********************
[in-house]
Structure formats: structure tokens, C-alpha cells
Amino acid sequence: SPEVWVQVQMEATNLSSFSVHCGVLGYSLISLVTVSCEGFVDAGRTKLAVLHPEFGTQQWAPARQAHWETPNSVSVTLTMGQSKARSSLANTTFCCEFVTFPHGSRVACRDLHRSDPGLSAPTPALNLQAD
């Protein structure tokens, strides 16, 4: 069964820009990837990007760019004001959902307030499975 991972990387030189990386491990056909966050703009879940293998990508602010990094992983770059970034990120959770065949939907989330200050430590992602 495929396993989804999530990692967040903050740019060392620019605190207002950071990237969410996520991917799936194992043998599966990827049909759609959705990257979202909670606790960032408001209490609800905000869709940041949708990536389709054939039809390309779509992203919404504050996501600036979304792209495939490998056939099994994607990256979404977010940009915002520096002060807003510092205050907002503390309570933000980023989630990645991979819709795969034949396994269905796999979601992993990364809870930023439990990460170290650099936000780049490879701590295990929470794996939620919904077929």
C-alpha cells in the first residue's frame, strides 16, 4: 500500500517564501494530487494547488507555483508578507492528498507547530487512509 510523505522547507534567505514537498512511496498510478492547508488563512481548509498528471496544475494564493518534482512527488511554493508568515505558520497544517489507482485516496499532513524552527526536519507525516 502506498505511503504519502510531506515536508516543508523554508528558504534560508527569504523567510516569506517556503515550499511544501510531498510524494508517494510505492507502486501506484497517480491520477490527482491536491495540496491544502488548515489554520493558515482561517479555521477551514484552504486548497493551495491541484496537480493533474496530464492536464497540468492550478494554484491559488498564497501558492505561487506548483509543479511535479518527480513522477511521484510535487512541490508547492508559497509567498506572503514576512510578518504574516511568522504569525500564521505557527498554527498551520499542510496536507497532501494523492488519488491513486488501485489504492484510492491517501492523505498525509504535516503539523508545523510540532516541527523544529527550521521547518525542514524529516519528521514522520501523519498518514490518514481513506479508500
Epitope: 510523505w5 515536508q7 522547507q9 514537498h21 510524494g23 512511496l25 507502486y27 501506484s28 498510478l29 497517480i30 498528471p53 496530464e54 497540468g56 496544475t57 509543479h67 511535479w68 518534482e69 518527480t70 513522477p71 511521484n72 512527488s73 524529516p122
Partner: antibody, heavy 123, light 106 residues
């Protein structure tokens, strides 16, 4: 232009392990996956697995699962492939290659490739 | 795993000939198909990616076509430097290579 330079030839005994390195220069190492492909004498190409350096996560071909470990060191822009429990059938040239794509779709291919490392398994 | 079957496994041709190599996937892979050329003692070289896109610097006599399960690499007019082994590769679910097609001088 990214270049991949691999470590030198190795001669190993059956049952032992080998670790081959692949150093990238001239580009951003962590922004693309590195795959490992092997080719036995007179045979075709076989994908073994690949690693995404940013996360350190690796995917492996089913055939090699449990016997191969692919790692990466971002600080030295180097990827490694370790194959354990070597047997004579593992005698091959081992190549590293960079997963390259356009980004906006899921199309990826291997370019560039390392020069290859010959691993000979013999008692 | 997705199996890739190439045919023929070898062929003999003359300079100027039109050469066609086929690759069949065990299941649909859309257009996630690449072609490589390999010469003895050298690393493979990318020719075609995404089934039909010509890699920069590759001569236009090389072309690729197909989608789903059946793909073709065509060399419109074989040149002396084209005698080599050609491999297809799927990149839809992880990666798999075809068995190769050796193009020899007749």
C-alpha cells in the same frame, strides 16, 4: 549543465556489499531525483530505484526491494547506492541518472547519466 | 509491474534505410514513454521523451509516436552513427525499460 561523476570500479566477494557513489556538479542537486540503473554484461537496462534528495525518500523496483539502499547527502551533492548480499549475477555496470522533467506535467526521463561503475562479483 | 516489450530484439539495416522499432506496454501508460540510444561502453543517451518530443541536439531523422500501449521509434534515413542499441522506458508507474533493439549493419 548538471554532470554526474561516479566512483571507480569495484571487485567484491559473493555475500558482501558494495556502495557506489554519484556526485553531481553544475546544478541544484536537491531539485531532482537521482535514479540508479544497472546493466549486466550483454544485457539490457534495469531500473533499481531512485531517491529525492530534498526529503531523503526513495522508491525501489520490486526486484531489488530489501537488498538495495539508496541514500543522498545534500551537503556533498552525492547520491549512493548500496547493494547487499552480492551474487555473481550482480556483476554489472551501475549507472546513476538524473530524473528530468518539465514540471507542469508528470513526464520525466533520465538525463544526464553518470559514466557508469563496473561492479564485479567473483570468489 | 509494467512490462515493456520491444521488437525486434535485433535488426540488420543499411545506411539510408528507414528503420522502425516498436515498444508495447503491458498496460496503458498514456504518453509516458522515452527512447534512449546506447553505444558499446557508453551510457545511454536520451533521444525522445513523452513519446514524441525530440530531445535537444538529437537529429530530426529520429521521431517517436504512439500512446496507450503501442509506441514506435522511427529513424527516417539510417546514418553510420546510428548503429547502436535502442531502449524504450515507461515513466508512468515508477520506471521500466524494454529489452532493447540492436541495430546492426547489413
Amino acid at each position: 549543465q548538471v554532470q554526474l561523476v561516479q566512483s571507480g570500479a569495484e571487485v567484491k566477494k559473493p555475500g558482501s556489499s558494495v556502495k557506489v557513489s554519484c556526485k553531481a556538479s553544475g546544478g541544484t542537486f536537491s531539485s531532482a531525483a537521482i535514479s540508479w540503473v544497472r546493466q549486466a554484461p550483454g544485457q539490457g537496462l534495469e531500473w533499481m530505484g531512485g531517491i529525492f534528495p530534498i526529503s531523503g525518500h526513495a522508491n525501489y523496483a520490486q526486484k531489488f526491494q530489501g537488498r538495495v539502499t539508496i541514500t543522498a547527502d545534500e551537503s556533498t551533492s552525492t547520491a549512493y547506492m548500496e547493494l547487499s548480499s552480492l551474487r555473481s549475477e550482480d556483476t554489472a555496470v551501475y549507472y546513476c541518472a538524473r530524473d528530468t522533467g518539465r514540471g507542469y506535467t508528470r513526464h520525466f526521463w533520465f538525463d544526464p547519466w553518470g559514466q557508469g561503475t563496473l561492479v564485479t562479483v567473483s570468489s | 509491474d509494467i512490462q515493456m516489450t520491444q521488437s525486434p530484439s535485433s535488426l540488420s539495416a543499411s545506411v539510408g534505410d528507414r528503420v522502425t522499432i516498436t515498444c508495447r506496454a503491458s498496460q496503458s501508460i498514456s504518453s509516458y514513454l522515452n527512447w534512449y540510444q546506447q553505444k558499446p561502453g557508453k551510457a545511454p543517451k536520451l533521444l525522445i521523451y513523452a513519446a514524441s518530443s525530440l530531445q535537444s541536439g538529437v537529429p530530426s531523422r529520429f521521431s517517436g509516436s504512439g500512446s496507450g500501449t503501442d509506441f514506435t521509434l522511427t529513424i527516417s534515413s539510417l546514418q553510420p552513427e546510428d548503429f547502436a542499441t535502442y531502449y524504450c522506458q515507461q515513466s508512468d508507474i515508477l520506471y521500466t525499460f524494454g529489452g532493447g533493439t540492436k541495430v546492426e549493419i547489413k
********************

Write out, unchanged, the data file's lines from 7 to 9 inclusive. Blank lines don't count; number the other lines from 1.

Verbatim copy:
Partner: antibody, heavy 123, light 106 residues
């Protein structure tokens, strides 16, 4: 232009392990996956697995699962492939290659490739 | 795993000939198909990616076509430097290579 330079030839005994390195220069190492492909004498190409350096996560071909470990060191822009429990059938040239794509779709291919490392398994 | 079957496994041709190599996937892979050329003692070289896109610097006599399960690499007019082994590769679910097609001088 990214270049991949691999470590030198190795001669190993059956049952032992080998670790081959692949150093990238001239580009951003962590922004693309590195795959490992092997080719036995007179045979075709076989994908073994690949690693995404940013996360350190690796995917492996089913055939090699449990016997191969692919790692990466971002600080030295180097990827490694370790194959354990070597047997004579593992005698091959081992190549590293960079997963390259356009980004906006899921199309990826291997370019560039390392020069290859010959691993000979013999008692 | 997705199996890739190439045919023929070898062929003999003359300079100027039109050469066609086929690759069949065990299941649909859309257009996630690449072609490589390999010469003895050298690393493979990318020719075609995404089934039909010509890699920069590759001569236009090389072309690729197909989608789903059946793909073709065509060399419109074989040149002396084209005698080599050609491999297809799927990149839809992880990666798999075809068995190769050796193009020899007749």
C-alpha cells in the same frame, strides 16, 4: 549543465556489499531525483530505484526491494547506492541518472547519466 | 509491474534505410514513454521523451509516436552513427525499460 561523476570500479566477494557513489556538479542537486540503473554484461537496462534528495525518500523496483539502499547527502551533492548480499549475477555496470522533467506535467526521463561503475562479483 | 516489450530484439539495416522499432506496454501508460540510444561502453543517451518530443541536439531523422500501449521509434534515413542499441522506458508507474533493439549493419 548538471554532470554526474561516479566512483571507480569495484571487485567484491559473493555475500558482501558494495556502495557506489554519484556526485553531481553544475546544478541544484536537491531539485531532482537521482535514479540508479544497472546493466549486466550483454544485457539490457534495469531500473533499481531512485531517491529525492530534498526529503531523503526513495522508491525501489520490486526486484531489488530489501537488498538495495539508496541514500543522498545534500551537503556533498552525492547520491549512493548500496547493494547487499552480492551474487555473481550482480556483476554489472551501475549507472546513476538524473530524473528530468518539465514540471507542469508528470513526464520525466533520465538525463544526464553518470559514466557508469563496473561492479564485479567473483570468489 | 509494467512490462515493456520491444521488437525486434535485433535488426540488420543499411545506411539510408528507414528503420522502425516498436515498444508495447503491458498496460496503458498514456504518453509516458522515452527512447534512449546506447553505444558499446557508453551510457545511454536520451533521444525522445513523452513519446514524441525530440530531445535537444538529437537529429530530426529520429521521431517517436504512439500512446496507450503501442509506441514506435522511427529513424527516417539510417546514418553510420546510428548503429547502436535502442531502449524504450515507461515513466508512468515508477520506471521500466524494454529489452532493447540492436541495430546492426547489413